those risks so a breakout was very important there you are quite happy or they'll in mind if you like dying for your Queen and country you certainly don't contemplate dying for politicians I was summoned often to the radio telephone to speak with the superior cause in Northwood and on one particular occasion I can remember after a particularly irritating turf and colonization walking out of the tent and saying to myself in on somewhat of a temper I shall win the war for these buggers and
then I shall go on direct orders from London the second parachute battalion launched an attack on the Argentine stronghold at Goose Green it's dark there's an enormous mountain noise there's incoming fire to you there's white phosphorous going off to provide smoke and illumination there's tracer coming towards you and going to get away from you there's fear running through you you close up towards the trenches you throw grenades you fire your weapon you burn it it's
savage gutter fighting everything you've ever experienced before is nothing like it it is basic killing in command of two para was Lieutenant Colonel H Jones H Jones of the warrior it wasn't a peacetime soldier he was single-minded he was aggressive he was determined charismatic leader everybody knew that he was in charge the co got on the radio to a company and told him to get a grip and speed up and continue the movement which they couldn't so he said not having any of this and
decided to go up and join a con to say he got a little bit pear-shaped would be slight understatement when he made up his mind that a thing was going to be done then it was going to be done you don't actually get time to think if the CEO says you do something then you do it you might think daddy fool afterwards ordering it but you get out and do it and the co said we join a company and we're going over the top so we joined a company and we went over the top want to actually got down
there then we're in a slightly better position but when I got there guns the co he didn't stop he kept running so I thought here we go and all of a sudden somebody behind me shouted out watch out there's a trench on the left and I shall return to watch his back because I could see what was going to happen and he ignored me or didn't hear me I would think he actually ignored me and charged up the hill to neutralize the trench that I was firing out as he got to within six or seven
feet of that trench it actually got shot from the trenches behind you know that you could actually see and I saw the rounds striking the ground behind him coming up gradually getting towards him and actually shot him in the back and the impact of the rounds hit him actually pushed him right on top of the trench that he was going for the Sigma's in his headquarters had prepared a phrase sunrays done so that we would had I would know that something was wrong with him which would be the key for
me to step in to the breach and in this confusion over the radio came this cry sunray is done I couldn't believe it and I actually answer verification and cars are Blackburn his Sigma shot it again sunray is down for chrissake and then the surge of apprehension and fear and would I perform well enough what do I do now what's the situation up there ran through me you know slightly numb in the fact that you're SEOs aren't supposed to die and the actual implication of the commanding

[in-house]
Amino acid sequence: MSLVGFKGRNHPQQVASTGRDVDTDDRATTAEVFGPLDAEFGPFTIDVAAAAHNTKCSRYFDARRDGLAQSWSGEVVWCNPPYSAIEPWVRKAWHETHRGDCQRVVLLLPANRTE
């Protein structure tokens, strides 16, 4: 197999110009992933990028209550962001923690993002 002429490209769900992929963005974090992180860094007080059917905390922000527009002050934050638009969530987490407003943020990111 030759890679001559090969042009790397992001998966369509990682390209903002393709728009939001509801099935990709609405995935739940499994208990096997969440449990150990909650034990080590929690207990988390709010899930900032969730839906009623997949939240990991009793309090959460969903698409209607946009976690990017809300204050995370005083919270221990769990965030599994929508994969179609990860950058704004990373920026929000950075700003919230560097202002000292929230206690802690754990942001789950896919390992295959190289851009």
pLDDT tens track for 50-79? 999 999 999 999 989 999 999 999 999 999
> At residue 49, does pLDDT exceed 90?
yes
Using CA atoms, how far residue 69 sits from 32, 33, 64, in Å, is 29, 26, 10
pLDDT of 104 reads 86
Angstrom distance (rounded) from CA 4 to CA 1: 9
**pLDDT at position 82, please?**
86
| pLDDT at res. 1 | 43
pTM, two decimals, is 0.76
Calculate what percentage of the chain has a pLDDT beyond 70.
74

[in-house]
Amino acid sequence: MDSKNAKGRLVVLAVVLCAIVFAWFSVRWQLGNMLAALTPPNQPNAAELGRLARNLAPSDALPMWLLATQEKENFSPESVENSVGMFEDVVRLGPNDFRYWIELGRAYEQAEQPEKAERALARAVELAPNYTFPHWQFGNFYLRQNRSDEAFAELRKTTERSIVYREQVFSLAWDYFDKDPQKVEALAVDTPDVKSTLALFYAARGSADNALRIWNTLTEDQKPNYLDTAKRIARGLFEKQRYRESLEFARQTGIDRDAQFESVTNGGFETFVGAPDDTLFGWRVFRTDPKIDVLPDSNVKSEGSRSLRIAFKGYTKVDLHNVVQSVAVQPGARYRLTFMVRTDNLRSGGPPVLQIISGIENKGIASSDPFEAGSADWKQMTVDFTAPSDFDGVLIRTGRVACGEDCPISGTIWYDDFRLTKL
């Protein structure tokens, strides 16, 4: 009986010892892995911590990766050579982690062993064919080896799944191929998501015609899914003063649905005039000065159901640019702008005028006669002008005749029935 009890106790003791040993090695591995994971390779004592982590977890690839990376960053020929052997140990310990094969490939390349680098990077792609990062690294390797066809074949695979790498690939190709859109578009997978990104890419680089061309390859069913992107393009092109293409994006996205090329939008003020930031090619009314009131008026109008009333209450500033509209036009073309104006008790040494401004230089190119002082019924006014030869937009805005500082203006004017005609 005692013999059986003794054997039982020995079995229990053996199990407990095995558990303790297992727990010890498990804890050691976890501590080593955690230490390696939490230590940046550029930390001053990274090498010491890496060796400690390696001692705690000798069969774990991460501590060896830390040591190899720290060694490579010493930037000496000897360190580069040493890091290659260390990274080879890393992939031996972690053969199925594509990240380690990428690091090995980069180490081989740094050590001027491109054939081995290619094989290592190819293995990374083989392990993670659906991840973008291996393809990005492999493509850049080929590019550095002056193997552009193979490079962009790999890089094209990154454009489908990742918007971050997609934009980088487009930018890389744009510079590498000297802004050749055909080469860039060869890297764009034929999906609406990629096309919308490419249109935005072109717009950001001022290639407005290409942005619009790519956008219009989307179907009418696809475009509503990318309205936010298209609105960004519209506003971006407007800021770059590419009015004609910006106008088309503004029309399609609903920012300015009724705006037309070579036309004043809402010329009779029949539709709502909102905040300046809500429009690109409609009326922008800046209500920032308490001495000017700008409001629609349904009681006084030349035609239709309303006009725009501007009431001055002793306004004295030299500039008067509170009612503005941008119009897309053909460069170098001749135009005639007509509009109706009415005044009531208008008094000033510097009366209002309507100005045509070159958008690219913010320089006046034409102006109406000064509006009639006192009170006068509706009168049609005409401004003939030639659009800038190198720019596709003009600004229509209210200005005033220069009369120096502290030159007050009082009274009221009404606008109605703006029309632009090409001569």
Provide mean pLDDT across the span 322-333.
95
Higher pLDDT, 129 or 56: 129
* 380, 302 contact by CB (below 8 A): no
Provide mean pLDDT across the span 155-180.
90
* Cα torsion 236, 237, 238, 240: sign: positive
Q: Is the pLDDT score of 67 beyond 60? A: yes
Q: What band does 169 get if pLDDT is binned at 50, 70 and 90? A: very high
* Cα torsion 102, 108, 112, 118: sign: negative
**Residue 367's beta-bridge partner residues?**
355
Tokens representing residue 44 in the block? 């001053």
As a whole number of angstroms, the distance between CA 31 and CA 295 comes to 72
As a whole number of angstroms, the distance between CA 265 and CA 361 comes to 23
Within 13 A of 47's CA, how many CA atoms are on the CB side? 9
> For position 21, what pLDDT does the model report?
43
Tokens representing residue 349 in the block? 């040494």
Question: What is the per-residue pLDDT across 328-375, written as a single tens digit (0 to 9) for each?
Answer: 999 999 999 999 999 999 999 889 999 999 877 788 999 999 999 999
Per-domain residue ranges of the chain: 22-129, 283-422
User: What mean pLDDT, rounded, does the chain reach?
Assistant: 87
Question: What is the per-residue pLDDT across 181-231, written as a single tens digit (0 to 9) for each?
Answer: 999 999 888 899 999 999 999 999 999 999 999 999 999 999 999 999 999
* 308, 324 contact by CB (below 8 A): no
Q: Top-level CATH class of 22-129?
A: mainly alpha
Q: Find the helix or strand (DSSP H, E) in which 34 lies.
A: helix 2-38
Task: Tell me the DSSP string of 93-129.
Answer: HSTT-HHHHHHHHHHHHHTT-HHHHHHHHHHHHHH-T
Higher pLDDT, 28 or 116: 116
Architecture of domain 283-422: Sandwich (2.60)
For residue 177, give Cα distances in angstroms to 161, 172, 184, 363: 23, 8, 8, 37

officer taking on an enemy position frontal was sort of comic book stuff that you read about and you don't really think that it should happen I turned him over because he was lying on his back got his webbing off and actually found the wound and at this stage he was still conscious although slipping into unconsciousness so I stayed there trying to keep him warm with extra wind proofs and his own quoted jacket and unfortunately some time later he died a tenant Colonel Joe captain good captain
day less than inspiring next to the prisoner of war Cade was the sheep pens was actually a pile of ammunition that had to be moved and we had a rough idea that it was booby-trapped and the RCI's antennas officers if they would move the ammunition for their own safety so a detailed officer meant to actually help move the ammunition which was artery shells and mortar ammunition and they're moving it and all of a sudden there was a bang and there was a booby trap there and the soldier
involved right next to the booby trap was actually in a vacuum flames and explosives and the only thing that could be actually done for the soldier because we couldn't get to him was actually he was shot to take him out of his misery because there was nothing humanly else to be done for him and then I actually thought I'm lucky it was an eerie sort of silence pitch dark freezing and then the mind just ran riot and I felt tears trickling down the siding we face where when I thought about
good blokes actually died that day and the fact that more were likely to die tomorrow here and there lump came in the throat and I lay there for a good couple of hours actually going through the events of the day in readiness for the advance on Stanley reinforcements were brought in to San Carlos to avoid a long march the Welsh Guards were moved aboard the ship Sir Galahad it sets sail for a place called bluffco due to bad weather the Sir Galahad was diverted away from bluff Cove into a small
Inlet called Fitzroy major UN south Taylor was horrified by the ships arrival crammed

full

of troops in broad daylight it was in grave danger of Argentine air attack he wanted the men moved urgently off the ship to the safety of the shore just 200 yards away and I put it to the senior officer they could find on his turn of of the gun ahead that my considered in professional opinion as a land court officer and somebody involved in a previous warfare foot or missile my career was that they should